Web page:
It seems that the 2016 political scene has produced the most “cry-baby” number of political candidates in my memory, going back to the 1030s. Having been a candidate twice in non-winning efforts, it is easy to understand the disappointment that such a candidate feels when he/she has been unable to motivate the voters to rally to their support and vote for them.
It seems to me that as adults (in the supposedly most-civilized society on the planet), candidates should act like gentlemen and ladies. They should show sportsmanship to congratulate the winner if it is the final, general election vote that came up short, or redouble the effort if it is a primary campaign.
Here in Tulsa County we have just been through an adversarial special election primary campaign for sheriff. There was only one who filed on the Democrat side but nine on the Republican side. None of the candidates were previously known to me, so reliance was placed on hearing them on a radio talk show and the publisher of the Tulsa Beacon. The winner was being attacked even before the general election, and then before he had been sworn in, one of the primary candidates announced his candidacy for the November election, supported by four other of the primary nonwinners. This, in my mind, showed very poor sportsmanship, since they could have waited until he was in office at least two weeks to show some performance.
Further, they resorted to personal attacks, probably since there was no record on which to criticize him.
To his credit, the Tulsa County Republican chairman stepped in and met with those dissidents and seems to have calmed them down. Frankly, their conduct would assure that none of them would receive my vote in November or the earlier primary.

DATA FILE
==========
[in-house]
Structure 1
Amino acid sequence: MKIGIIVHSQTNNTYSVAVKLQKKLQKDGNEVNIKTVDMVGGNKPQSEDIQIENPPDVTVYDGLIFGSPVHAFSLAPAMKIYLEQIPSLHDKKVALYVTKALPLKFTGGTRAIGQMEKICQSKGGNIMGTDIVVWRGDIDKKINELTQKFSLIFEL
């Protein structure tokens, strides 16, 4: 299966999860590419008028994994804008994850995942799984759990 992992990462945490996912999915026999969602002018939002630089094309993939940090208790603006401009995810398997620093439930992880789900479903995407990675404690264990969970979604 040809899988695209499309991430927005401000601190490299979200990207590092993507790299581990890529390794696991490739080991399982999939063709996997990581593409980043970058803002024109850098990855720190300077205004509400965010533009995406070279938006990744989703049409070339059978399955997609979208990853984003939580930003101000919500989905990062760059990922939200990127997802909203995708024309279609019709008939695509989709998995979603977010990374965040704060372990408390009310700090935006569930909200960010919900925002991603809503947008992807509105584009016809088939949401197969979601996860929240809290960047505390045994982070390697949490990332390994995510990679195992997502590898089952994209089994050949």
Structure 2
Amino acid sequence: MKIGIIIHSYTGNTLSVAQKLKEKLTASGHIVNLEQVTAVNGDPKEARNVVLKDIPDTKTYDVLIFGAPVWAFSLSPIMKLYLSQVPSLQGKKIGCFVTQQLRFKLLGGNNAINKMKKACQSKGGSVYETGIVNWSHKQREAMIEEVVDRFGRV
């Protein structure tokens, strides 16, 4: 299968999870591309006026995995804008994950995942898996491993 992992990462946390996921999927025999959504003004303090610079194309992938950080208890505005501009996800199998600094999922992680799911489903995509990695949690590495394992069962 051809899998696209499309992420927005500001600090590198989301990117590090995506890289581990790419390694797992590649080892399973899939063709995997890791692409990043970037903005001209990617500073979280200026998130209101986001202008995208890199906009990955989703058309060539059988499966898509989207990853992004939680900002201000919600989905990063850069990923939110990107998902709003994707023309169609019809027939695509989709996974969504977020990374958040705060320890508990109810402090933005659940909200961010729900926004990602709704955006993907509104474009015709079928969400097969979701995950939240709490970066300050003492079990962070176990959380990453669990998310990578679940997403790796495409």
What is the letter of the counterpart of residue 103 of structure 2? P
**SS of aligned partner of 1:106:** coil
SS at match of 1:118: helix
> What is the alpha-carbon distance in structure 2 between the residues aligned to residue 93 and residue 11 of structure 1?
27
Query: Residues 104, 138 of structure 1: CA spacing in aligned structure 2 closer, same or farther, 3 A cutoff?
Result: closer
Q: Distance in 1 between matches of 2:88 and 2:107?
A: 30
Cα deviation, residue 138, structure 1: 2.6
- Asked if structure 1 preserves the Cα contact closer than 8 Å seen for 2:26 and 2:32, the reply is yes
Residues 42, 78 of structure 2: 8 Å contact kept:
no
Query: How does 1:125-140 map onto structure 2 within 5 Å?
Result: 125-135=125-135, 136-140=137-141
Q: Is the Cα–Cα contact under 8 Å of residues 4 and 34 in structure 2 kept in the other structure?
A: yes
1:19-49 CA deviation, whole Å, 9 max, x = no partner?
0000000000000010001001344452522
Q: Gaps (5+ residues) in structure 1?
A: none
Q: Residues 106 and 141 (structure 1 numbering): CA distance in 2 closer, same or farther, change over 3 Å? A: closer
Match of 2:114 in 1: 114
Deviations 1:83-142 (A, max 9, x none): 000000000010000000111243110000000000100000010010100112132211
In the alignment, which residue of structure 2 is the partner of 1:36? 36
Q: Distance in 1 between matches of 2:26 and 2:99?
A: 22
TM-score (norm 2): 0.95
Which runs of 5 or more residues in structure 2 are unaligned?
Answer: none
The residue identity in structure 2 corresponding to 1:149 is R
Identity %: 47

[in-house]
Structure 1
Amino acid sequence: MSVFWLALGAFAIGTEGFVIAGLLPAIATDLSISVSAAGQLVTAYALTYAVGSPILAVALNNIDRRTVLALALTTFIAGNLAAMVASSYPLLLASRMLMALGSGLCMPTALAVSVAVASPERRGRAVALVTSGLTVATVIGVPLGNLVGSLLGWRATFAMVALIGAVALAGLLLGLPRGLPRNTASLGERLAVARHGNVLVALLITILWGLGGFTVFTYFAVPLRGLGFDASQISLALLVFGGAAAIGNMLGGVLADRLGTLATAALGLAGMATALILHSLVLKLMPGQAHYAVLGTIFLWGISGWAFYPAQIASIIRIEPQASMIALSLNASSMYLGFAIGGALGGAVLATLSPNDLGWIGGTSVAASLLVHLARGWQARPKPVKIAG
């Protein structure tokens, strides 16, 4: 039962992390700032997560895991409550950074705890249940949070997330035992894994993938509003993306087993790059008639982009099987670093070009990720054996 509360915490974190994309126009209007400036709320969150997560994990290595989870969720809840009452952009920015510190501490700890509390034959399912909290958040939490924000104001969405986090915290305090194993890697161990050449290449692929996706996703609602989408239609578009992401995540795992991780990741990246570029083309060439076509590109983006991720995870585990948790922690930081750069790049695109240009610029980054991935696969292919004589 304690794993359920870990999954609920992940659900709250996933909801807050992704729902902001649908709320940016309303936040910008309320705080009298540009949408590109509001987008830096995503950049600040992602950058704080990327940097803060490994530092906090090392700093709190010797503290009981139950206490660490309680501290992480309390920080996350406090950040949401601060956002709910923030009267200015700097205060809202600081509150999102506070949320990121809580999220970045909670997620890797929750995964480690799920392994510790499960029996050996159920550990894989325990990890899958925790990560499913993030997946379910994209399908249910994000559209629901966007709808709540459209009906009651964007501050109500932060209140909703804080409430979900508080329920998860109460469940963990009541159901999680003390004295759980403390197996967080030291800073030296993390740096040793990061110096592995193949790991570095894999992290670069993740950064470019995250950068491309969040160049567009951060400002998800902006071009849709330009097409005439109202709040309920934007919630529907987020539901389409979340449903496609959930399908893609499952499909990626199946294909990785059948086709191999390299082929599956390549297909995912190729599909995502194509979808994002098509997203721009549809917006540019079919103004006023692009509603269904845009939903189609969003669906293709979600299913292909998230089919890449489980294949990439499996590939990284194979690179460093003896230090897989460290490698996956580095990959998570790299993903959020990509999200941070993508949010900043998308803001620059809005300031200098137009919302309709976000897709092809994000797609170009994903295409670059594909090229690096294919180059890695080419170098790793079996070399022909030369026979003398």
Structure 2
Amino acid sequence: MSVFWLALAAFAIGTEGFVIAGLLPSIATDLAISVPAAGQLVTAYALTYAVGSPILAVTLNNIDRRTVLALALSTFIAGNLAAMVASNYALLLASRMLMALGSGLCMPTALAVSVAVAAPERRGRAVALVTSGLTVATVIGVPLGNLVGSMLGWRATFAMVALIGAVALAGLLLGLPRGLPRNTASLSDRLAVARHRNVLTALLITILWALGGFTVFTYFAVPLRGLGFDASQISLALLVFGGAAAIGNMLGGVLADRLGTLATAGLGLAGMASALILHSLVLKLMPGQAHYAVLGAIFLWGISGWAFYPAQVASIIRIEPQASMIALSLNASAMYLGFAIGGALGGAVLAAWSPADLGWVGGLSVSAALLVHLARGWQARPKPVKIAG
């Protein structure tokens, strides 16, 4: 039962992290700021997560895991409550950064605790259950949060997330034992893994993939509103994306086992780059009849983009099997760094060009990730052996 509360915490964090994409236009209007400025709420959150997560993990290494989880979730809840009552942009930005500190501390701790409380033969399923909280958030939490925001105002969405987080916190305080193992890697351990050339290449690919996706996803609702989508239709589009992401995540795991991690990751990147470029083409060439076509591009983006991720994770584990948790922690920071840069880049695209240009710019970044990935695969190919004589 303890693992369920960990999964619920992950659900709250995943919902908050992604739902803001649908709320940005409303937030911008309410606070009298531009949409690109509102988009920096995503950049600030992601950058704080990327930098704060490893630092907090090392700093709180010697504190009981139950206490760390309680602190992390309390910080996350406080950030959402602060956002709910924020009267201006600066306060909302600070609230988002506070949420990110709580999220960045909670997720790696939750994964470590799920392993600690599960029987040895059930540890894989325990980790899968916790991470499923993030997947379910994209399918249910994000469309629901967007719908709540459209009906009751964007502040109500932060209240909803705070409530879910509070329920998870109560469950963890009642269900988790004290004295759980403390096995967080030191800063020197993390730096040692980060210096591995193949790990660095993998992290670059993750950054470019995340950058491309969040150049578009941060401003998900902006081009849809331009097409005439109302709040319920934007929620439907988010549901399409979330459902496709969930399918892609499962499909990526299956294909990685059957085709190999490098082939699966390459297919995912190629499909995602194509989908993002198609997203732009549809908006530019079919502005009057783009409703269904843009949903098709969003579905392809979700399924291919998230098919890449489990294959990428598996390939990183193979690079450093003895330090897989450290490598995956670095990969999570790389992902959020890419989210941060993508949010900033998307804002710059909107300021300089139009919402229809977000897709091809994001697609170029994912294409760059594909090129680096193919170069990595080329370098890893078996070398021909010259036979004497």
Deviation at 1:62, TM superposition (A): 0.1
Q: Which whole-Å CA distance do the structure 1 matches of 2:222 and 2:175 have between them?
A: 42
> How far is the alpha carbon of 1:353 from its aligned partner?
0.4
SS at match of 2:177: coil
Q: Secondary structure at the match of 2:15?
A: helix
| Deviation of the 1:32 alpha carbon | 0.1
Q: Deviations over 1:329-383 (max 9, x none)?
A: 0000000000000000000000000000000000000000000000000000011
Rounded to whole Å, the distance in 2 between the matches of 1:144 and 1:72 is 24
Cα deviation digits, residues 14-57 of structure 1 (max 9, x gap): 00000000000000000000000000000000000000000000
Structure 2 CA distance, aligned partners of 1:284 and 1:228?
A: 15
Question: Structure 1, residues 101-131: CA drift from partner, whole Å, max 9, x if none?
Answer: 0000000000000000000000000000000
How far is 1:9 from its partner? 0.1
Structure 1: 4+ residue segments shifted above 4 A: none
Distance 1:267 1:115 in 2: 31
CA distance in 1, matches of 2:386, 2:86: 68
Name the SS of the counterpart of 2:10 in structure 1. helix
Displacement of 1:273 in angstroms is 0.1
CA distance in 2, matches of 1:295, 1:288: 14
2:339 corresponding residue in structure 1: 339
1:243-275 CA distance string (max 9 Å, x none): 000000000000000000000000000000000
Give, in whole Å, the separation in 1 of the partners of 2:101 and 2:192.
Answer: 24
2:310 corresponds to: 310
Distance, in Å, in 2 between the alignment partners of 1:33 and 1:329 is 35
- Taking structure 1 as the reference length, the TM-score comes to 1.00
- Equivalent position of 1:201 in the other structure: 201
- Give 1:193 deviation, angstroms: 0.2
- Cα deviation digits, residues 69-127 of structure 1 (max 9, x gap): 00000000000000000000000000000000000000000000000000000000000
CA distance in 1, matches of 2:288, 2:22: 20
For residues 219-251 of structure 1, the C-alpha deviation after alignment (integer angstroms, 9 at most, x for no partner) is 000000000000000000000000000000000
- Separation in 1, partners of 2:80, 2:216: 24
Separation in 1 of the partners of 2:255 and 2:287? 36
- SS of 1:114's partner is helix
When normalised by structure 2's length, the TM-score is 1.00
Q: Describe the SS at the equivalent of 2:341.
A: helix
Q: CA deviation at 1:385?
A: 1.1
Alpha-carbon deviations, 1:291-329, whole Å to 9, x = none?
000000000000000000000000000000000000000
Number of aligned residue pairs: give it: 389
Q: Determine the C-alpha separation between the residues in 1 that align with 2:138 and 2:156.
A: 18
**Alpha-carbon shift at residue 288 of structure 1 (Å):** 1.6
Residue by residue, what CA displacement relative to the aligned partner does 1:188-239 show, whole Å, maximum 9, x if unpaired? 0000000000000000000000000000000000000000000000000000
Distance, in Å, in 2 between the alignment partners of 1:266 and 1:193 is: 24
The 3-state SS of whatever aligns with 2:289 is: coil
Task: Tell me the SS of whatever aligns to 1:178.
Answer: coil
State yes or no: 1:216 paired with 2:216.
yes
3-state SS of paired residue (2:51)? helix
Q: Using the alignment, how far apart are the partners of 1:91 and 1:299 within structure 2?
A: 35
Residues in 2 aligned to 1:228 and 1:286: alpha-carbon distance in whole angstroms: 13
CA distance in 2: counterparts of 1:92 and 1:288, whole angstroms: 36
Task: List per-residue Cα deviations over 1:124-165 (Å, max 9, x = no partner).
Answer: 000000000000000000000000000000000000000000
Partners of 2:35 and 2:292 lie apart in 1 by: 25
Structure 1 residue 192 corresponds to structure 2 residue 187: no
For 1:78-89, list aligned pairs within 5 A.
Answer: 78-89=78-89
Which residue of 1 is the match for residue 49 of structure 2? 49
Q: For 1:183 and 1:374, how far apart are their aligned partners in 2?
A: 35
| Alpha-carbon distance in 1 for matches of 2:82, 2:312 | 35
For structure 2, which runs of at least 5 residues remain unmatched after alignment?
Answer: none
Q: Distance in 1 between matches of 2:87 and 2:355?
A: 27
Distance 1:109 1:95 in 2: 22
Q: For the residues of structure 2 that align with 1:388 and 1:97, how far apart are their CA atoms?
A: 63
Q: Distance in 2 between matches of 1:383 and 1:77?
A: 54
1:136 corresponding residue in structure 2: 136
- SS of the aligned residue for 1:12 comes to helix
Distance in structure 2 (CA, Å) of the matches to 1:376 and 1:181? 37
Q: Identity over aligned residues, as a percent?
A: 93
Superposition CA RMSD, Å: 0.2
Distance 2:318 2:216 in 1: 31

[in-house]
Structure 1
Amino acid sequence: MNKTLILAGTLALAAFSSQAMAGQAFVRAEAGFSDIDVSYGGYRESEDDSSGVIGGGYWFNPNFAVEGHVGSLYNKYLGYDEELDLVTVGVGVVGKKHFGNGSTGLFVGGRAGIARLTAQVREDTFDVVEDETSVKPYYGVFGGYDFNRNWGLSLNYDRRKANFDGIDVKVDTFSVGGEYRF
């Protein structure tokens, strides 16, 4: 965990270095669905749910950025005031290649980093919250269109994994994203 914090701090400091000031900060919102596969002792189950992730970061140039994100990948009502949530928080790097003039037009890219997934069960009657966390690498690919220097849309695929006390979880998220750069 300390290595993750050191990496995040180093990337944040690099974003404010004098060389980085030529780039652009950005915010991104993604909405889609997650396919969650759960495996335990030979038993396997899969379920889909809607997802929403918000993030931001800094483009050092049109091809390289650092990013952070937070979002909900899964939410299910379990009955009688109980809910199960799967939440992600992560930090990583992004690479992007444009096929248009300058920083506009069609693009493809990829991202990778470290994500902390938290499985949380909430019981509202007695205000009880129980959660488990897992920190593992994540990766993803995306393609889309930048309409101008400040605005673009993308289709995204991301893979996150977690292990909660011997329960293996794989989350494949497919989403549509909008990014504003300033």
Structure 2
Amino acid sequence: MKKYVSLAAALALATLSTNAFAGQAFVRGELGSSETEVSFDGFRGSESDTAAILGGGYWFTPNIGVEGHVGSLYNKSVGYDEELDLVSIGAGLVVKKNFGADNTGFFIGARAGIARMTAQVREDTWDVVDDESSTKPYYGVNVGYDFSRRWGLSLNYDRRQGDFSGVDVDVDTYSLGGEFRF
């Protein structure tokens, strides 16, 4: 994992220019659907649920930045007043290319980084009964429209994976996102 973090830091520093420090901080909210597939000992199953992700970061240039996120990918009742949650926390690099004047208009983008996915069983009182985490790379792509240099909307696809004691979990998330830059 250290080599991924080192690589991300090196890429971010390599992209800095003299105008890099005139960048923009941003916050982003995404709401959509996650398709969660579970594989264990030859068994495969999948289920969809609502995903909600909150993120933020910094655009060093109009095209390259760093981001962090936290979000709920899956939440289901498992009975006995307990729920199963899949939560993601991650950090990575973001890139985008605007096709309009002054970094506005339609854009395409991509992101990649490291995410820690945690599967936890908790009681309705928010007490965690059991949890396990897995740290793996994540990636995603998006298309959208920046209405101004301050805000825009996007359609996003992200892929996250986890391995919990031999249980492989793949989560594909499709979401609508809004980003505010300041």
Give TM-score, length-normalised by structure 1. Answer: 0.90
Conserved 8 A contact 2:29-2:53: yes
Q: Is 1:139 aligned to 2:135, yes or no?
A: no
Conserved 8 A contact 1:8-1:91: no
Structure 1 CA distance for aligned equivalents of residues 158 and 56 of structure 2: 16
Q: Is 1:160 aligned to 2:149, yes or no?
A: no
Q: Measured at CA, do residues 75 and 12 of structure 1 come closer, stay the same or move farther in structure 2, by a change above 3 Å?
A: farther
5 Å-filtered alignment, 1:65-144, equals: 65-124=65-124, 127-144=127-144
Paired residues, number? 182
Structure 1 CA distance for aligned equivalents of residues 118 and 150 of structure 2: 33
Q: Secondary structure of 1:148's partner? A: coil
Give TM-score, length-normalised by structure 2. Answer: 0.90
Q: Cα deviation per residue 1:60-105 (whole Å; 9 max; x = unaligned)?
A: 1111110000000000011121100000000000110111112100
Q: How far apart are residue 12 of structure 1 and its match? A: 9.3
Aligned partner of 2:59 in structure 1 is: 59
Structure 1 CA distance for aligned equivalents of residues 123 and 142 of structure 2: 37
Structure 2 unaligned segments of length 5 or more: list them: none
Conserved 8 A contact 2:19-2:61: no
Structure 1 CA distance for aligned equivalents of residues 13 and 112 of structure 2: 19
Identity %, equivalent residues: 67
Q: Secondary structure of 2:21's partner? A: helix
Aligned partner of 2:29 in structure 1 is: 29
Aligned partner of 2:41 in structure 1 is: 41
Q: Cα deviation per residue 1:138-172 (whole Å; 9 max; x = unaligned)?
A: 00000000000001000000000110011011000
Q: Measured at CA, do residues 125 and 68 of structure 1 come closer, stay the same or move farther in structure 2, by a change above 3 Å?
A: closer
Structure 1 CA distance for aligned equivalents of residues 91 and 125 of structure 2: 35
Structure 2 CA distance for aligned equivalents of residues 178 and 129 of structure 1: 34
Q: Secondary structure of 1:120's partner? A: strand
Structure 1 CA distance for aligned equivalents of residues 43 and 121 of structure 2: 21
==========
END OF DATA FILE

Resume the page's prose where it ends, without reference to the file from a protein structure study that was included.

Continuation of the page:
Now we have “The Donald”, as former wife Ivana referred to him, acting like a cry baby or spoiled brat following a loss in Colorado. He has complained that “the rules were changed in the process” and that the delegates were “stolen” from him after he “won the primary.” Some of this could be understood due to his total unfamiliarity with the various state rules. In the Republican Party, each state party sets its own rules which are then submitted to the national party to be sure that none of their rules have been violated.
The fact is that I have had some experience in Colorado, from 1968 to 1986, and the process then was that each precinct sent one delegate and one alternate to the state convention, where decisions were made on national convention voting.
Admittedly, rules might have changed some since then. In addition, two of my children and three grandchildren of voting age still are living there. Information came to me that there was not a “primary election” but a straw poll could have been held, but was not, so the delegates were to be selected in the state convention.
It appears that Mr. Trump is so used to having things his own way that he simply is unable to accept that a loss has occurred with the vote completely in accord with normal and legal practices.
He also has a habit of applying a derogative adjective in front of the name any time he mentions an opposing candidate. That is very unpresidential and is a total turnoff to me. In my unsuccessful race for State Senate in 1999 against an incumbent,t there was, to my knowledge, no such personal attacks or untrue statements made by my opponent.
In fact, although we were opponents, we continued to act completely friendly when in the same location, even when our wives and his year-old son, who seemed to relate to me, were present. This was much to the consternation of the statewide Democrat activists whenever they were present.
In short, it would generate much more respect if they would act like gentlemen and ladies, but then, maybe the backgrounds of some might make that not possible.